It’s Time to Talk, L.A.
Before you think I’ve turned this summer blog of eating, working, and road tripping into a political statement, let me offer this disclaimer: the following is a story about the power of talking.
As a journalist and aspiring foreign correspondent, I chose to run into a (in this case) peaceful group of protestors marching on the I-10 in Los Angeles instead of staying in my car. At that moment, during the first round of Trayvon Martin support protests (http://storify.com/mkeavy/la-protestors-show-support-for-trayvon), I was en route to dinner at Momed in Beverly Hills (I recommend the fresh pita and Muhammara). At the Crenshaw exit, eight other drivers and me were stopped by an alarming number of LAPD officers; I thought there had been an accident. Within moments of coming to a complete stop, hundreds of people entered the freeway on the opposite side, chanting and raising signs all bearing the name “Trayvon Martin.”
As the protestors consumed the freeway, the number of LAPD cars and officers grew, the swat team arrived, and the fresh pita waiting for me was immediately forgotten — I was sitting in the midst of history. I had avoided the major news networks for the last two weeks, tired of hearing repetitive breakdowns of the same trial and verdict. But this — this was unavoidable; this was not Florida, but Los Angeles.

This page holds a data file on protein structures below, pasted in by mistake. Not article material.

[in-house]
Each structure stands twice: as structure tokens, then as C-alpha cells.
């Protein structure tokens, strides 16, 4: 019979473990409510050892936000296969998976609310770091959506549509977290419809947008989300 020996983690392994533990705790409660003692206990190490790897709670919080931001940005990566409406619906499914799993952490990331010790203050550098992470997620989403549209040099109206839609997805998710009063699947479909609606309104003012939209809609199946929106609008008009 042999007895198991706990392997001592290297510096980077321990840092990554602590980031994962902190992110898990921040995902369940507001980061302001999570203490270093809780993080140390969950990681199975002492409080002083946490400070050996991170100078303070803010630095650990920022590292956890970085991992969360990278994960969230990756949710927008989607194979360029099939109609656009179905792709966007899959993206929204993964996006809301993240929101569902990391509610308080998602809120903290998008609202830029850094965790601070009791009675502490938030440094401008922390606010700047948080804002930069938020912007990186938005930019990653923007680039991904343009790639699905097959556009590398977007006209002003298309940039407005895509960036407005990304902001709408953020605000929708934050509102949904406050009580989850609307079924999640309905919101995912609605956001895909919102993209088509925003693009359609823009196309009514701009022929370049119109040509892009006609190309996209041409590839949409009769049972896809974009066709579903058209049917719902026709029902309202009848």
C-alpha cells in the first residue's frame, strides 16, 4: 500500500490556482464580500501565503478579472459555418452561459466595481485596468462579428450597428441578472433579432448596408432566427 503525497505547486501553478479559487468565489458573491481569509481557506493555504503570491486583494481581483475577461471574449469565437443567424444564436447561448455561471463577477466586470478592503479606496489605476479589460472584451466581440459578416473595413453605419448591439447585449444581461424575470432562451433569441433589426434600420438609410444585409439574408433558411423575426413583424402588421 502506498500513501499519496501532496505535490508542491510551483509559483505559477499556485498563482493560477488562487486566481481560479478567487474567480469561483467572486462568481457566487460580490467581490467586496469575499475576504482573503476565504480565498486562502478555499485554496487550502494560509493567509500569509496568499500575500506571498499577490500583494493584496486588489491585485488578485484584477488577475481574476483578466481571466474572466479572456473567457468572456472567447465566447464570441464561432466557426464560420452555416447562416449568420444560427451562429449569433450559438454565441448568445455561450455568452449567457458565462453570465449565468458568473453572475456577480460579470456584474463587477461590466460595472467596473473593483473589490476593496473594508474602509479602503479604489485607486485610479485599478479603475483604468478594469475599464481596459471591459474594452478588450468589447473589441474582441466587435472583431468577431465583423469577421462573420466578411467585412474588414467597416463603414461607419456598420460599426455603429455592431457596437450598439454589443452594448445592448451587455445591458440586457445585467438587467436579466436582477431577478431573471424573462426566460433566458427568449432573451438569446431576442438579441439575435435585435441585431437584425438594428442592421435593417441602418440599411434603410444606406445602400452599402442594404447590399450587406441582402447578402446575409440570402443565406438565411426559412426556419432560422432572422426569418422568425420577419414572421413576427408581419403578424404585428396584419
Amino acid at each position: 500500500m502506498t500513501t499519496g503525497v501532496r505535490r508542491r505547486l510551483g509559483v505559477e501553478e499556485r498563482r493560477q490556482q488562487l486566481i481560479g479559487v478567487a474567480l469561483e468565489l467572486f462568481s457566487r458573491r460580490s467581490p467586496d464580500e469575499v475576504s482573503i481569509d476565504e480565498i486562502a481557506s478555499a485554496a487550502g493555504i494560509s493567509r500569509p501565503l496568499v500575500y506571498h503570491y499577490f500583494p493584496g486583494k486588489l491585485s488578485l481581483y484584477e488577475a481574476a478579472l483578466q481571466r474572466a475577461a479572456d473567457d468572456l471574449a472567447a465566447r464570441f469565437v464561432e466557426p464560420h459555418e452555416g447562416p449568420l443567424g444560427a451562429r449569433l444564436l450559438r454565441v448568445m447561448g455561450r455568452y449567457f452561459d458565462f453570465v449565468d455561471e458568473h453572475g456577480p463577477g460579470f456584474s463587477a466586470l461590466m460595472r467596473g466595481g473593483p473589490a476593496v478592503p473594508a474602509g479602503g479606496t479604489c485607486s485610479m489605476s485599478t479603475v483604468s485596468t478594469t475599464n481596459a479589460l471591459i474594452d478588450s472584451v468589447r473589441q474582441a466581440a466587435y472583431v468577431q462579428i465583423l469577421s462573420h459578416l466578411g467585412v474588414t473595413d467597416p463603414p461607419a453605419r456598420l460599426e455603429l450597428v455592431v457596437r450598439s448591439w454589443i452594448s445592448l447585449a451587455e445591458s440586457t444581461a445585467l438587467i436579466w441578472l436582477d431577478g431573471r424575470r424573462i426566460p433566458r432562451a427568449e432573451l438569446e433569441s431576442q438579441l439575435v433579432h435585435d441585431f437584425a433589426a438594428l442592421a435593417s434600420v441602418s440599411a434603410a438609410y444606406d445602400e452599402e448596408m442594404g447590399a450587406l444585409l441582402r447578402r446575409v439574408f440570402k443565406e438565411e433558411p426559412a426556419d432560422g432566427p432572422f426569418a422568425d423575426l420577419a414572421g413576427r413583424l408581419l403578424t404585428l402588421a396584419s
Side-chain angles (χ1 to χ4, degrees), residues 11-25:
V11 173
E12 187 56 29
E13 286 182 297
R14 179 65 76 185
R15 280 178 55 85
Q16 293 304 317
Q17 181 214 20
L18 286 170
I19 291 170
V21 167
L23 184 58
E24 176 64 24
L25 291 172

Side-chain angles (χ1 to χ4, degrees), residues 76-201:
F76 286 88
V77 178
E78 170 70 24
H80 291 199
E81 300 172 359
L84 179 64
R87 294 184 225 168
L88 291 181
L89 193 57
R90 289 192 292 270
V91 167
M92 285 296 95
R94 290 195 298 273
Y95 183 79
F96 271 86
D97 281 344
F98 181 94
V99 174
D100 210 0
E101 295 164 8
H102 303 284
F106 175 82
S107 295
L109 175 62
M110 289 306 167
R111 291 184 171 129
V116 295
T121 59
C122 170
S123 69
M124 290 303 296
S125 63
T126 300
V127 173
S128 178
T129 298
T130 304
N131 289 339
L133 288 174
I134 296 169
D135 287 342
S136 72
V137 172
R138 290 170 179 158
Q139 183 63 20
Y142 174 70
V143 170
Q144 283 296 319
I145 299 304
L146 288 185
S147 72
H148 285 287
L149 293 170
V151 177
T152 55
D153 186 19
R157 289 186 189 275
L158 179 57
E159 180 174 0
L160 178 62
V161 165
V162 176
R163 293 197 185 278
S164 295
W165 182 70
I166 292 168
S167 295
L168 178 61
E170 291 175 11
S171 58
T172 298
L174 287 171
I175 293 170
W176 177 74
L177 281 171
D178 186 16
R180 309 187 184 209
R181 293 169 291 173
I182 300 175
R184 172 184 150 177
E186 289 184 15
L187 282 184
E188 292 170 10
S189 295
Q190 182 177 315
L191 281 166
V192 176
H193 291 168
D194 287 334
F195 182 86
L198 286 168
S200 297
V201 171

Instead of remaining a passive bystander, I chose to Tweet, Instagram, Facebook, and text what I was watching unfold. There was a reason I was put in the middle of the protest, so I took advantage of it. Within fifteen minutes, my Instagram video had been retweeted, “favored,” “liked” and commented on by strangers. I had become a news source from the driver’s seat of my car.
The protestors continued into Hollywood, down Crenshaw and over Western Boulevard. They finally culminated at Leimert Park , three miles from USC, with L.A. Mayor Eric Garcetti’s press conference. Though not as violent, this event, like the 1965 Watts Riots or the LA Riots of ’92 sparked by the death of Rodney King, directly affected different races, ethnicities, political parties and backgrounds everywhere — but especially at USC. What we share — the campus, the traditions — act as a pulse for South LA, and in turn, the city itself.
Now you’re confused, I’m sure, because just sentences ago I warned that this would not be another rant about the state of our nation. You’re not convinced. Here’s the bottom line: whether you attend USC, are interested in USC, or have found this blog while perusing the World Wide Web, know this: never stop talking.
Utilize social media, become a citizen journalist, read something and then discuss it with your friends. When you don’t agree, find a way to start a conversation about it. That’s what Angeleno protestors did, that’s what my fellow stopped drivers did, and that’s what you should do, readers.
There’s still summer left to experience something—that’s your challenge: go out, do something, see something, and then let’s talk (twitter.com/maddykeavy) about it.